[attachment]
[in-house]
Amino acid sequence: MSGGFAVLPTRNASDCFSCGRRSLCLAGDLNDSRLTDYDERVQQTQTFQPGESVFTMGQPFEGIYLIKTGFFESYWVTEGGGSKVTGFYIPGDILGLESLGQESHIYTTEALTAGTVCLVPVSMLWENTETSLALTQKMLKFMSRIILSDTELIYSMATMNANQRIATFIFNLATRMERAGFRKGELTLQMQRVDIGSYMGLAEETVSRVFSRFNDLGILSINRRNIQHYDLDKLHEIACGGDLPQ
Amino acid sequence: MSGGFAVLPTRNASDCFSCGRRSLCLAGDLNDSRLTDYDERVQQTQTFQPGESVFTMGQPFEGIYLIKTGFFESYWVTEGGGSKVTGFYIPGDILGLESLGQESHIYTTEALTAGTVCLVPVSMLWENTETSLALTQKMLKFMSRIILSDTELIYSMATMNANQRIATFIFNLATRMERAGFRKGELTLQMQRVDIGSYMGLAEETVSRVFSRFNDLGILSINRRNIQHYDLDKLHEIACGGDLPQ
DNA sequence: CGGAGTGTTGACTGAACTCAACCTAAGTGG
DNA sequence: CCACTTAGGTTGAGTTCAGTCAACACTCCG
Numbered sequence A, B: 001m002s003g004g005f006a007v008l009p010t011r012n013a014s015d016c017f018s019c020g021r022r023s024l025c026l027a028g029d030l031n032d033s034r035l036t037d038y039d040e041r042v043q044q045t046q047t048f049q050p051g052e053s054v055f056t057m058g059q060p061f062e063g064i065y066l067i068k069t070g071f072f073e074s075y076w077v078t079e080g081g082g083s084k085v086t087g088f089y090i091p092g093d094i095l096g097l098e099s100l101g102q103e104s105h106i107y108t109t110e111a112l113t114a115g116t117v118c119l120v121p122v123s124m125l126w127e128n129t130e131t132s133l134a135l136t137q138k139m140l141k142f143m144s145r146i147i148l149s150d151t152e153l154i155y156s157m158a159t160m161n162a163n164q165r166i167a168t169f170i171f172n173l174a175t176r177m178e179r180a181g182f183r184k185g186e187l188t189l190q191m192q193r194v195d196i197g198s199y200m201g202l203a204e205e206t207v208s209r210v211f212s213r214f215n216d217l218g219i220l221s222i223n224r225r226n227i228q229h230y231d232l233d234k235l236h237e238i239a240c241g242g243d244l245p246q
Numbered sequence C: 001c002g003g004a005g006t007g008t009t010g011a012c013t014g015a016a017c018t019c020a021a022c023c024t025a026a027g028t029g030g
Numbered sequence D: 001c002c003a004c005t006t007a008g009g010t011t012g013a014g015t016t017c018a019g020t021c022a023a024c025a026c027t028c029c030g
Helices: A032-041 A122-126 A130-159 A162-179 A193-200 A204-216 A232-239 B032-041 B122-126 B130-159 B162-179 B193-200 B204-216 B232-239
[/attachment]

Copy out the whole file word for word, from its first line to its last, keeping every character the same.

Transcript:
[in-house]
Amino acid sequence: MSGGFAVLPTRNASDCFSCGRRSLCLAGDLNDSRLTDYDERVQQTQTFQPGESVFTMGQPFEGIYLIKTGFFESYWVTEGGGSKVTGFYIPGDILGLESLGQESHIYTTEALTAGTVCLVPVSMLWENTETSLALTQKMLKFMSRIILSDTELIYSMATMNANQRIATFIFNLATRMERAGFRKGELTLQMQRVDIGSYMGLAEETVSRVFSRFNDLGILSINRRNIQHYDLDKLHEIACGGDLPQ
Amino acid sequence: MSGGFAVLPTRNASDCFSCGRRSLCLAGDLNDSRLTDYDERVQQTQTFQPGESVFTMGQPFEGIYLIKTGFFESYWVTEGGGSKVTGFYIPGDILGLESLGQESHIYTTEALTAGTVCLVPVSMLWENTETSLALTQKMLKFMSRIILSDTELIYSMATMNANQRIATFIFNLATRMERAGFRKGELTLQMQRVDIGSYMGLAEETVSRVFSRFNDLGILSINRRNIQHYDLDKLHEIACGGDLPQ
DNA sequence: CGGAGTGTTGACTGAACTCAACCTAAGTGG
DNA sequence: CCACTTAGGTTGAGTTCAGTCAACACTCCG
Numbered sequence A, B: 001m002s003g004g005f006a007v008l009p010t011r012n013a014s015d016c017f018s019c020g021r022r023s024l025c026l027a028g029d030l031n032d033s034r035l036t037d038y039d040e041r042v043q044q045t046q047t048f049q050p051g052e053s054v055f056t057m058g059q060p061f062e063g064i065y066l067i068k069t070g071f072f073e074s075y076w077v078t079e080g081g082g083s084k085v086t087g088f089y090i091p092g093d094i095l096g097l098e099s100l101g102q103e104s105h106i107y108t109t110e111a112l113t114a115g116t117v118c119l120v121p122v123s124m125l126w127e128n129t130e131t132s133l134a135l136t137q138k139m140l141k142f143m144s145r146i147i148l149s150d151t152e153l154i155y156s157m158a159t160m161n162a163n164q165r166i167a168t169f170i171f172n173l174a175t176r177m178e179r180a181g182f183r184k185g186e187l188t189l190q191m192q193r194v195d196i197g198s199y200m201g202l203a204e205e206t207v208s209r210v211f212s213r214f215n216d217l218g219i220l221s222i223n224r225r226n227i228q229h230y231d232l233d234k235l236h237e238i239a240c241g242g243d244l245p246q
Numbered sequence C: 001c002g003g004a005g006t007g008t009t010g011a012c013t014g015a016a017c018t019c020a021a022c023c024t025a026a027g028t029g030g
Numbered sequence D: 001c002c003a004c005t006t007a008g009g010t011t012g013a014g015t016t017c018a019g020t021c022a023a024c025a026c027t028c029c030g
Helices: A032-041 A122-126 A130-159 A162-179 A193-200 A204-216 A232-239 B032-041 B122-126 B130-159 B162-179 B193-200 B204-216 B232-239